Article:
The focus of my work is the interior space of the mind and related ontological meditations. Through the lens of perception, fluctuating between the miniscule and the grandiose, we find fear and wonder of the unknown, the invisible, and the uncontrollable. Based initially on an investigation of the interior world of the body where beauty and illness mingle in the same fluids and membranes, my work has become a broader reflection on where the physical and the metaphysical intersect. Originally referencing microscopic imagery, the works push an imaginative space that exists beyond the threshold of the eye or lens. Forging a connection between the microcosmic and macrocosmic, the paintings explore tensions between the scientific and the spiritual, the corporeal and the ethereal.
My process includes layering translucent washes of color and building up a symmetrical system of intersecting strands of cells. As amorphous shapes bloom through the application of fluid pigment to wet surfaces, the marked ground references a stained biology slide. In applying thousands of tiny dots, I create an ethereal space where particles gather and disperse in an endless cycle. Particles accumulate, and I manipulate globules of silicone to emerge from the surface as tissue-like prayer beads. The result is the juxtaposition of jewel-like surfaces that both attract and repulse as well as a tactile element for counting countless meditations. While the initial impetus for these compositions is a controlled symmetry, the mutability of the materials often disrupts a perfect equilibrium. My process is exponentially repetitive, cyclical, and meditative.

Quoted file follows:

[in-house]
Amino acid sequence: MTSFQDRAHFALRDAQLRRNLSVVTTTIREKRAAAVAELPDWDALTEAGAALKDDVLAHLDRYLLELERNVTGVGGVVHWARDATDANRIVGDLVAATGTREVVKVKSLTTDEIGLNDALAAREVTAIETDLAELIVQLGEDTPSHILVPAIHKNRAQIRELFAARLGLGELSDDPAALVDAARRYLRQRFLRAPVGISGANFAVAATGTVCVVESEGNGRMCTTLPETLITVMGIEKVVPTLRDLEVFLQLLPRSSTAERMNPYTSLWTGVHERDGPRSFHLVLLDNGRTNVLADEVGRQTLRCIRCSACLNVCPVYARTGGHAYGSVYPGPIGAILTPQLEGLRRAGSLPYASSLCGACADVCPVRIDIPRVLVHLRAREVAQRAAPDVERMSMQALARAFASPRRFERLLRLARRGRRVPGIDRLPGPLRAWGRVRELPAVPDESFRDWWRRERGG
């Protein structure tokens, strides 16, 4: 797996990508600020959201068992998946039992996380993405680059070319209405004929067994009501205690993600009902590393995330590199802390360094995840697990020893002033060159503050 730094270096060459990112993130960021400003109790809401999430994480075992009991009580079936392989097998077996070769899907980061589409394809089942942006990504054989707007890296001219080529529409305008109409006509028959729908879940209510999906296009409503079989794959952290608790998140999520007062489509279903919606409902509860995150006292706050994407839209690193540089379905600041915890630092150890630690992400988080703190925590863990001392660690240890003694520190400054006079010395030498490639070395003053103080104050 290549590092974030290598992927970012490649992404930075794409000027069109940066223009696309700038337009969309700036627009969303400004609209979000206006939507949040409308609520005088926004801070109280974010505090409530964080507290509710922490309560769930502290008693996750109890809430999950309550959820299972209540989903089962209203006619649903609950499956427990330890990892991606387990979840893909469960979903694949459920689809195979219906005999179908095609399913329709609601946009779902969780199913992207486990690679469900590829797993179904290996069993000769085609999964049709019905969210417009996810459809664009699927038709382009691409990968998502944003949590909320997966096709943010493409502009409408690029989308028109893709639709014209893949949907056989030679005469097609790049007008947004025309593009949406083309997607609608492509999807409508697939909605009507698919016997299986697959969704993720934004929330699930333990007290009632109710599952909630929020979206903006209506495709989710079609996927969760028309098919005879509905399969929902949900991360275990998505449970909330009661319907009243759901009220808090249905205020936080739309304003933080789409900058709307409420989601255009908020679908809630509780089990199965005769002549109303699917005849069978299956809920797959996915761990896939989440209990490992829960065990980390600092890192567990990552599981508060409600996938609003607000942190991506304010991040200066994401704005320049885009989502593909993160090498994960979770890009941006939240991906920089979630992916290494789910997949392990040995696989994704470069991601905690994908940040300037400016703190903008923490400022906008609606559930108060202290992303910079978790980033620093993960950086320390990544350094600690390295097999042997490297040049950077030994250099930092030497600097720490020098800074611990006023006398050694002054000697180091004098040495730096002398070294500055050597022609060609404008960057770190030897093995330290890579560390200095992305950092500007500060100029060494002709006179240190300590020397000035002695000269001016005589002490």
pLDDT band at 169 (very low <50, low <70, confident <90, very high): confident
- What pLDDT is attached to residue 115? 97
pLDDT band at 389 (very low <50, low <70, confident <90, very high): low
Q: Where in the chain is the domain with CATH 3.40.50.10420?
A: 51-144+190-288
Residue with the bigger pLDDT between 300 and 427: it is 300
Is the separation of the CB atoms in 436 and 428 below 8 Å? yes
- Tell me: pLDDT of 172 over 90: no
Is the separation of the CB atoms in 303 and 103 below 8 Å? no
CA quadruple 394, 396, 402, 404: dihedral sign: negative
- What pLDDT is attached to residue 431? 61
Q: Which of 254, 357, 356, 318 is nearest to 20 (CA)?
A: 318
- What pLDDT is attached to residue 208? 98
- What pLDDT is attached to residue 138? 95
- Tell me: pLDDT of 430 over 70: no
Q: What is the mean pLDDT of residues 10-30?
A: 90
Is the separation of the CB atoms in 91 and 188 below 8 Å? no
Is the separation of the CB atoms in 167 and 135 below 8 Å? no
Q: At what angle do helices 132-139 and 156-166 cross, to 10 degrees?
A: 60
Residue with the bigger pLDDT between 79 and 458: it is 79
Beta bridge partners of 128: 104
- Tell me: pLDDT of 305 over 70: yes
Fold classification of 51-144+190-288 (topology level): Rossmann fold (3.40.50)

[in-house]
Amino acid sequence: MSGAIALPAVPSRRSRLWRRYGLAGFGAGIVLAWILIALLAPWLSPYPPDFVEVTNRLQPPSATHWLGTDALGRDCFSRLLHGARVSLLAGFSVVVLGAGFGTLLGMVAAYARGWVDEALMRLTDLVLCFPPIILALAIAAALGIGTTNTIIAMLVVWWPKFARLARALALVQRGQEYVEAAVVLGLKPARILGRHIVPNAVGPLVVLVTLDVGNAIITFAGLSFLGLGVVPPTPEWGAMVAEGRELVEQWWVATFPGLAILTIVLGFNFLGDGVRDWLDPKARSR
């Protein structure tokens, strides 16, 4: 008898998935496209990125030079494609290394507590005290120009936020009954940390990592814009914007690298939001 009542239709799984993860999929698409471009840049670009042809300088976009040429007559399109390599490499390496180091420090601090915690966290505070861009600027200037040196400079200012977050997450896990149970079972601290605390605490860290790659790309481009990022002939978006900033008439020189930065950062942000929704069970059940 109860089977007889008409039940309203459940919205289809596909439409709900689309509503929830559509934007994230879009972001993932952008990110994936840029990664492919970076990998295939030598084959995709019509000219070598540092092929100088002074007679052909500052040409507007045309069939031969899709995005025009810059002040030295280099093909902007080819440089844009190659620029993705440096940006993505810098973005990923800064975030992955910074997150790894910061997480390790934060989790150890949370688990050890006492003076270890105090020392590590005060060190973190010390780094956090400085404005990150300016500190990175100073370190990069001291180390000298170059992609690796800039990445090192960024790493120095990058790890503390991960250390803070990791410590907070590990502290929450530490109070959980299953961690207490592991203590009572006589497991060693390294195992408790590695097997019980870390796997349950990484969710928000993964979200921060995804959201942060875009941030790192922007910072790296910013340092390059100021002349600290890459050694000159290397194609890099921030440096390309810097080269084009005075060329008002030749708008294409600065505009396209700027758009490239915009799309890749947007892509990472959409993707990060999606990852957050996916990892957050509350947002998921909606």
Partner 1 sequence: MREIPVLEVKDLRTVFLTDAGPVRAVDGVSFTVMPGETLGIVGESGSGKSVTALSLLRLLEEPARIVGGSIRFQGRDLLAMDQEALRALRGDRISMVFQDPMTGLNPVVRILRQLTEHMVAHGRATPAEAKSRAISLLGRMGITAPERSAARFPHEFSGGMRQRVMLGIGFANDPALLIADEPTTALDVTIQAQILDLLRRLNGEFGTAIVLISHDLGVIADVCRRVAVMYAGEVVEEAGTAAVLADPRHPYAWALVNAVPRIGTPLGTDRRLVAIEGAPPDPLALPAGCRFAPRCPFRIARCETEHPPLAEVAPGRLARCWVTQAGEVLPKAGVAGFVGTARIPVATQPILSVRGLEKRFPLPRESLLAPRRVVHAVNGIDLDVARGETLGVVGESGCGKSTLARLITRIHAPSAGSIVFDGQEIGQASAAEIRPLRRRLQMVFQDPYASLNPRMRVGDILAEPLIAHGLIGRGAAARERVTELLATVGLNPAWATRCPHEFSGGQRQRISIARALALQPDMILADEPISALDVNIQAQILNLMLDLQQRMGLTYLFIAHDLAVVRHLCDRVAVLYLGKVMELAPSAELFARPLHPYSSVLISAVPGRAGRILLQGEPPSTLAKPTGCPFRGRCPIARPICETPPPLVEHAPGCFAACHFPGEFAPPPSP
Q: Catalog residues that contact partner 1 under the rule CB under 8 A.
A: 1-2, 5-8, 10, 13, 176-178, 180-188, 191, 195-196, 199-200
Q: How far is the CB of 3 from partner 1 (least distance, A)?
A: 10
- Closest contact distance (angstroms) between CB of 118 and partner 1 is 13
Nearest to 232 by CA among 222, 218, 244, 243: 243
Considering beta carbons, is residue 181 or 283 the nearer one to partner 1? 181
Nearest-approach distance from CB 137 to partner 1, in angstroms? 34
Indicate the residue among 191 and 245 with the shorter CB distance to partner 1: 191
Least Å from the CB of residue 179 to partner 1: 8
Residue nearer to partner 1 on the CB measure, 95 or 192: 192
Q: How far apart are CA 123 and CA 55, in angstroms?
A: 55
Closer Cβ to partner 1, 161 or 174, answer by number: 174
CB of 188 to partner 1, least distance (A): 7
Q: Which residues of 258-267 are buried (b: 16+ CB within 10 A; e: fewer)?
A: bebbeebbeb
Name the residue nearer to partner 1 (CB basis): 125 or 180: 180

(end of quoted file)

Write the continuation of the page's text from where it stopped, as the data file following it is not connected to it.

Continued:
My interest stems from growing up in a family of science and health practitioners. My focus intensified when my mother both a nurse and a devout woman of Catholic faith was diagnosed with and ultimately lost to cancer. Repeating layers and marks becomes a devotional practice in contemplating the relationship between spirit and matter, presence and loss. Fluctuating between organic fluidity and manipulated surfaces, I use this combination of techniques to speak about the tension between what we can and cannot control as well as the exquisite and delicate balance between certainty and faith, what is known and unknown, and holding on and letting go.